American Airlines ends Caribbean JFK–Guyana monopoly with competitive fares

GEORGETOWN, Guyana – One World Alliance member, American Airlines (AA), ended Caribbean Airlines (CAL)’s monopoly on the New York City JFK/Georgetown, Guyana (GEO) route when tickets went on sale on Monday at competitive and cheaper fares than what CAL has been offering Guyanese citizens.

Average return tickets on the route is about US$500 for the non-peak season, and peak season, like Xmas, started at US$ 576-850 roundtrip.

The airline is also connecting Toronto (YYZ) to Georgetown via this new JFK route and which is very convenient because transit passengers from Canada clear US customs and immigration in Canada before arriving in the US. And for the busy Christmas season between YYZ and Georgetown via New York – JFK starts at US$750. Also, between major European cities and GEO fares have dropped because of the vast AA, British Airways, Iberia and Finnair global network.   

For decades CAL had a monopoly on the JFK/GEO route. The airline kept prices up and increased it recently to offset the Port of Spain/Tobago air bridge that has financially hemorrhaged the airline because a round trip on that route is US$59.

The airline also dropped some of its routes to Jamaica due to financial loses and continued to squeeze Guyanese travellers to make up for the loses. Now a round -trip ticket between Guyana and Trinidad and Tobago is roughly US$400.

CAL’s nonstop flights between JFK and GEO is over US$850 for a return ticket. Peak season it’s much higher.

After a successful start of the four weekly Miami/GEO route, AA will increase that to daily and ply a larger aircraft, replacing the Airbus a319 with the Boeing 737-800.

The success of the MIA/GEO route led to the quick decision to fly from JFK to Georgetown daily and using the Boeing 737-800s which feature 160 seats in economy. The first-class cabin will feature 16 recliner seats.

“American is the only US carrier that flies to Georgetown,” said Vasu Raja, vice president of network and schedule planning for American. “This route will be important for customers in New York with cultural, business, or economic interest in the market and we look forward to welcoming Guyanese visitors to the Big Apple.”

AA2896 will depart daily from JFK at 6 pm and arrive at 12:40 am in Georgetown. The return flight will depart for New York at 1:35 am and arrive at 6:29 am. This schedule is very convenient for business travellers.

Like CAL, passengers will have to pay for their luggage. The first suitcase is US$30 each way and the second US$40.

Business travellers to Guyana have more than tripled since the country discovered about 5 billion barrels of oil and gas. Just a few weeks ago, Exxon-Mobil made its 13th oil discovery off the Guyana coast. It is this increase in business travellers that brings revenue to airlines. The Guyana/Suriname basin potentially holds an estimated 13.6 billion barrels of oil and 32 trillion cubic feet of natural gas.

JetBlue also plans to fly the JFK/GEO route in December or early 2020.

There has been some improvement at the Cheddi Jagan Airport in Guyana such as a larger terminal with four passenger boarding bridges, a new arrival hall and an extended runway.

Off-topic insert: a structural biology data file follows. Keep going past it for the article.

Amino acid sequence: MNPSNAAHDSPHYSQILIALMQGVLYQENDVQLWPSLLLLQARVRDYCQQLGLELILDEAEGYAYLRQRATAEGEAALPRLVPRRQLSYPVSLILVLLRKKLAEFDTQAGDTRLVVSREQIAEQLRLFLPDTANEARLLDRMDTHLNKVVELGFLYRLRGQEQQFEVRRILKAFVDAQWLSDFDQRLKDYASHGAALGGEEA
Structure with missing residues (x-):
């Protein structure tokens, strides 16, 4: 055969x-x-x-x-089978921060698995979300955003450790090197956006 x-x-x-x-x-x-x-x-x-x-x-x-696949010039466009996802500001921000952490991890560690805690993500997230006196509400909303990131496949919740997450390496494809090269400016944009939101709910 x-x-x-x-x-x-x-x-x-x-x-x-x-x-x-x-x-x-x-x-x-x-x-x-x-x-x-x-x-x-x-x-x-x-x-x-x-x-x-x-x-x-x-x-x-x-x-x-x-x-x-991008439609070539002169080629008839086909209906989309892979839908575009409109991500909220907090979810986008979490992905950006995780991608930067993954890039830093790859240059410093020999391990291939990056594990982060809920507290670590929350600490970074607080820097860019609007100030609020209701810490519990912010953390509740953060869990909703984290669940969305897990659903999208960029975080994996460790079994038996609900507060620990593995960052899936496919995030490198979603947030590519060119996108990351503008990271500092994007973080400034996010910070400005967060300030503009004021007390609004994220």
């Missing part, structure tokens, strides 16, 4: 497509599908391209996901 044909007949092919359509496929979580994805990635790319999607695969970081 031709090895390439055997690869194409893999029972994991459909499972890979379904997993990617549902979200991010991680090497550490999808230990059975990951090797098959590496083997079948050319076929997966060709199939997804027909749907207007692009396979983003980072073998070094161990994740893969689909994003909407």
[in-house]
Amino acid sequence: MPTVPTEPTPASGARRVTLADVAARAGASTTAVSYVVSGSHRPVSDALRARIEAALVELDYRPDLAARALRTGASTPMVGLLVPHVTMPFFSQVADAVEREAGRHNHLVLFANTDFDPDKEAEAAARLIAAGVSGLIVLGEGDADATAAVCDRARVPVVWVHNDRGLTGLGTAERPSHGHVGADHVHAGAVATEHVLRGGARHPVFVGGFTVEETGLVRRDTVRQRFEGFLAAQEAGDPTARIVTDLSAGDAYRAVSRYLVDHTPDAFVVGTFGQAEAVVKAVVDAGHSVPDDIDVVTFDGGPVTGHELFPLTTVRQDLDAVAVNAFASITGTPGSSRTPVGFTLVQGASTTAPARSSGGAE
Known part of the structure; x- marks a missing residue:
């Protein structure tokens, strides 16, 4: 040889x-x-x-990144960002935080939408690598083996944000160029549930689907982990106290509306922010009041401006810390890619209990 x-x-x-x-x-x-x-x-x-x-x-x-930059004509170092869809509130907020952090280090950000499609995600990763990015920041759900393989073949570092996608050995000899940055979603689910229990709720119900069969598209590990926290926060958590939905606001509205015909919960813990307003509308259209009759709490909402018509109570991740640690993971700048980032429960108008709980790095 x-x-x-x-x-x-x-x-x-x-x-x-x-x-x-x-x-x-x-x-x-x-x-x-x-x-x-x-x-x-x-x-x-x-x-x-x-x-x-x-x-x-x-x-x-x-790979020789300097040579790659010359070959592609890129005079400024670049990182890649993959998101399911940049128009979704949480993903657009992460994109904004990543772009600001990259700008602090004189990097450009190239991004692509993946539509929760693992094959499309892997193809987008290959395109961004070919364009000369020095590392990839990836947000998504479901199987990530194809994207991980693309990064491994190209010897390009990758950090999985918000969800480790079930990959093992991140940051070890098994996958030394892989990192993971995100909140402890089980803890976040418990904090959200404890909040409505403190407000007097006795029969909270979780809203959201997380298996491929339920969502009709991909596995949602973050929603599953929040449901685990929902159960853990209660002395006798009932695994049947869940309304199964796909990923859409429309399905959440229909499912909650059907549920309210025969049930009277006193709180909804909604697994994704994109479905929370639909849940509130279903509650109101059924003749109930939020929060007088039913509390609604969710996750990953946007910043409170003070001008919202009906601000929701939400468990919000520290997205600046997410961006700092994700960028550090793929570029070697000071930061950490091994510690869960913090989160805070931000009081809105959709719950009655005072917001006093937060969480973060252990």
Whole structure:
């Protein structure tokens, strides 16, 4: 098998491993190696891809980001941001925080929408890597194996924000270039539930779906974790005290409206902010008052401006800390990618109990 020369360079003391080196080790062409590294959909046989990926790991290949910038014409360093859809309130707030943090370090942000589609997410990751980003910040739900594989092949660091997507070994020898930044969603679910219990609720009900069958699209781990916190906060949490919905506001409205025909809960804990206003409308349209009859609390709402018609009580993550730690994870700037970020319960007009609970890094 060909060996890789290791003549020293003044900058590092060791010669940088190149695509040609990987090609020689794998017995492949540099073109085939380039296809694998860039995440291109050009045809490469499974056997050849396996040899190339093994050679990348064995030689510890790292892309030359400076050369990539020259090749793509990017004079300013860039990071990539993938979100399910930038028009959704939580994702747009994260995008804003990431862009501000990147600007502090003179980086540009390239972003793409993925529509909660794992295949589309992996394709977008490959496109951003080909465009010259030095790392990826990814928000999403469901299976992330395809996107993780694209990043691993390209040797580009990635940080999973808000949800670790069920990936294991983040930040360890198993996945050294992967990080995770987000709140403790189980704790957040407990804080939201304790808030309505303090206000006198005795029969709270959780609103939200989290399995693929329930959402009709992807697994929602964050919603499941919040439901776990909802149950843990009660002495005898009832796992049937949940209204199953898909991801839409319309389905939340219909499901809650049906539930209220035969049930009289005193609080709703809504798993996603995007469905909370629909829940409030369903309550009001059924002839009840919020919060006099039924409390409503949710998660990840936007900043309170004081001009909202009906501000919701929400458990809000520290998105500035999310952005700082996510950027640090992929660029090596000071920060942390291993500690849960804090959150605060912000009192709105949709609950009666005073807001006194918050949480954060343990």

Cheddi Jagan International Airport – Guyana

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  • Clyde Duncan  On 05/15/2019 at 3:01 pm

    American Airlines Pilots Confronted Boeing About Safety Issues Before Ethiopia Boeing 737 Max Crash

    Mahita Gajanan | TIME

    The American Airlines pilots union confronted Boeing over possible safety issues in the 737 Max prior to the Ethiopian Airlines plane crash in March, audio recordings from a November 2018 closed-door meeting between the pilots and Boeing executives reveal.

    The airline’s pilots union urged Boeing officials to make a fix to the planes during a Nov. 27 meeting at the union’s headquarters, less than a month after a 737 Max 8 crashed off the coast of Indonesia, according to recordings obtained by the Dallas Morning News, the New York Times and CBS News.

    Both crashes are believed to have been caused by a malfunctioning sensor that sent faulty data to the planes’ anti-stall systems, forcing them to go down. Boeing planes worldwide have been grounded following the deadly incidents. The company is currently in the process of updating its planes’ anti-stall system, known as MCAS.

    But at the time of the meeting on Nov. 27, Boeing executives at the meeting resisted the pilots’ calls for urgent action, according to the recordings. Mike Sinnett, a Boeing vice president, said during the meeting that it was unclear whether the malfunctioning anti-stall system was the sole cause of the Lion Air crash off Indonesia, in which 189 people were killed, the New York Times reports.

    The software fixes had not gone through by the time a second 737 Max crashed in Ethiopia in March, killing all 157 people on board.

    The Allied Pilots Association, the union representing the American Airlines pilots, recorded the meeting and made the audio public.

    “American Airlines pilots have been pressing Boeing for answers because we owe it to our passengers and the 346 people who lost their lives to do everything we can to prevent another tragedy,” union president Captain Daniel F. Carey said in a statement provided to TIME. “Boeing did not treat the 737 Max 8 situation like the emergency it was, and that’s why we took swift legal action demanding years of records related to the model and are working with lawmakers in Washington to ensure proper oversight of Boeing, the FAA, Airbus, American Airlines and all carriers.”

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